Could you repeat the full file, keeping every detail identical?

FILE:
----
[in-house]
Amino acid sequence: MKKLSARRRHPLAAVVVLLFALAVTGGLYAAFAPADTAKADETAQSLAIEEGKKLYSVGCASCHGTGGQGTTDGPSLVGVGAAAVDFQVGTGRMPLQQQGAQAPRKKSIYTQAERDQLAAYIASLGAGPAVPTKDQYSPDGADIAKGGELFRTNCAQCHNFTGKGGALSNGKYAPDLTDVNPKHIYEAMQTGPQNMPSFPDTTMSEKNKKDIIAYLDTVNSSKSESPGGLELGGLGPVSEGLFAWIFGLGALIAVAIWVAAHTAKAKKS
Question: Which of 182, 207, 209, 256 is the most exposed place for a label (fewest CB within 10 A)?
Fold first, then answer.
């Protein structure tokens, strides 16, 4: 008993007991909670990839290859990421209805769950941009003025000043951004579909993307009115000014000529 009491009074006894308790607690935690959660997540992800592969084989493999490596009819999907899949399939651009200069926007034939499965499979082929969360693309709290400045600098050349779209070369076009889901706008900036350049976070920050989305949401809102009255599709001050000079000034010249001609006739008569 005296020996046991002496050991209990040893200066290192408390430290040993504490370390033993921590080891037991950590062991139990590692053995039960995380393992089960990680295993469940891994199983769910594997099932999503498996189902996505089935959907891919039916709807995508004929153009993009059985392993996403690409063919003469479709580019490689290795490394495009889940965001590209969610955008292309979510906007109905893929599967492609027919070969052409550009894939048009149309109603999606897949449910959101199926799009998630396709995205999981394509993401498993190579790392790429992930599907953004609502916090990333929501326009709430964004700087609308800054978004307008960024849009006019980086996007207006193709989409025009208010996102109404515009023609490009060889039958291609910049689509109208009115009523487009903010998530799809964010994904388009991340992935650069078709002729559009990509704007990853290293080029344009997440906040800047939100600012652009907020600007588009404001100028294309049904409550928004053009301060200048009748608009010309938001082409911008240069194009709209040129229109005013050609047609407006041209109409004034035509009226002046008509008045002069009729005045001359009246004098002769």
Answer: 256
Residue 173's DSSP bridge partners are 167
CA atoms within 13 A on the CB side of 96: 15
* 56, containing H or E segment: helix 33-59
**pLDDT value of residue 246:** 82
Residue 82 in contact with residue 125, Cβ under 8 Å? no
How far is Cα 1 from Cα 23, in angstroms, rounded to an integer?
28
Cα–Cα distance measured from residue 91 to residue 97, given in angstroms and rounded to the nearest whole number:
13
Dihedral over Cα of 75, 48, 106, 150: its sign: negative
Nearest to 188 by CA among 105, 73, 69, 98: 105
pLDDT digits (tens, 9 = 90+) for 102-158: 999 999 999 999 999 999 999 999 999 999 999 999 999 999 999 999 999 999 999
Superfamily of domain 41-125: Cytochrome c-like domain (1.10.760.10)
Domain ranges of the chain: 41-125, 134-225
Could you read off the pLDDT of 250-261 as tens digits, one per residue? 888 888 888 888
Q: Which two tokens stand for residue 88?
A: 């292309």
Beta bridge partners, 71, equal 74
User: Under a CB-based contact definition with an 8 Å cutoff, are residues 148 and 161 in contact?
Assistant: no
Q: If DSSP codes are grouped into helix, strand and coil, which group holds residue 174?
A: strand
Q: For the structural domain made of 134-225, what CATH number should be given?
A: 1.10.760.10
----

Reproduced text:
[in-house]
Amino acid sequence: MKKLSARRRHPLAAVVVLLFALAVTGGLYAAFAPADTAKADETAQSLAIEEGKKLYSVGCASCHGTGGQGTTDGPSLVGVGAAAVDFQVGTGRMPLQQQGAQAPRKKSIYTQAERDQLAAYIASLGAGPAVPTKDQYSPDGADIAKGGELFRTNCAQCHNFTGKGGALSNGKYAPDLTDVNPKHIYEAMQTGPQNMPSFPDTTMSEKNKKDIIAYLDTVNSSKSESPGGLELGGLGPVSEGLFAWIFGLGALIAVAIWVAAHTAKAKKS
Question: Which of 182, 207, 209, 256 is the most exposed place for a label (fewest CB within 10 A)?
Fold first, then answer.
């Protein structure tokens, strides 16, 4: 008993007991909670990839290859990421209805769950941009003025000043951004579909993307009115000014000529 009491009074006894308790607690935690959660997540992800592969084989493999490596009819999907899949399939651009200069926007034939499965499979082929969360693309709290400045600098050349779209070369076009889901706008900036350049976070920050989305949401809102009255599709001050000079000034010249001609006739008569 005296020996046991002496050991209990040893200066290192408390430290040993504490370390033993921590080891037991950590062991139990590692053995039960995380393992089960990680295993469940891994199983769910594997099932999503498996189902996505089935959907891919039916709807995508004929153009993009059985392993996403690409063919003469479709580019490689290795490394495009889940965001590209969610955008292309979510906007109905893929599967492609027919070969052409550009894939048009149309109603999606897949449910959101199926799009998630396709995205999981394509993401498993190579790392790429992930599907953004609502916090990333929501326009709430964004700087609308800054978004307008960024849009006019980086996007207006193709989409025009208010996102109404515009023609490009060889039958291609910049689509109208009115009523487009903010998530799809964010994904388009991340992935650069078709002729559009990509704007990853290293080029344009997440906040800047939100600012652009907020600007588009404001100028294309049904409550928004053009301060200048009748608009010309938001082409911008240069194009709209040129229109005013050609047609407006041209109409004034035509009226002046008509008045002069009729005045001359009246004098002769």
Answer: 256
Residue 173's DSSP bridge partners are 167
CA atoms within 13 A on the CB side of 96: 15
* 56, containing H or E segment: helix 33-59
**pLDDT value of residue 246:** 82
Residue 82 in contact with residue 125, Cβ under 8 Å? no
How far is Cα 1 from Cα 23, in angstroms, rounded to an integer?
28
Cα–Cα distance measured from residue 91 to residue 97, given in angstroms and rounded to the nearest whole number:
13
Dihedral over Cα of 75, 48, 106, 150: its sign: negative
Nearest to 188 by CA among 105, 73, 69, 98: 105
pLDDT digits (tens, 9 = 90+) for 102-158: 999 999 999 999 999 999 999 999 999 999 999 999 999 999 999 999 999 999 999
Superfamily of domain 41-125: Cytochrome c-like domain (1.10.760.10)
Domain ranges of the chain: 41-125, 134-225
Could you read off the pLDDT of 250-261 as tens digits, one per residue? 888 888 888 888
Q: Which two tokens stand for residue 88?
A: 């292309």
Beta bridge partners, 71, equal 74
User: Under a CB-based contact definition with an 8 Å cutoff, are residues 148 and 161 in contact?
Assistant: no
Q: If DSSP codes are grouped into helix, strand and coil, which group holds residue 174?
A: strand
Q: For the structural domain made of 134-225, what CATH number should be given?
A: 1.10.760.10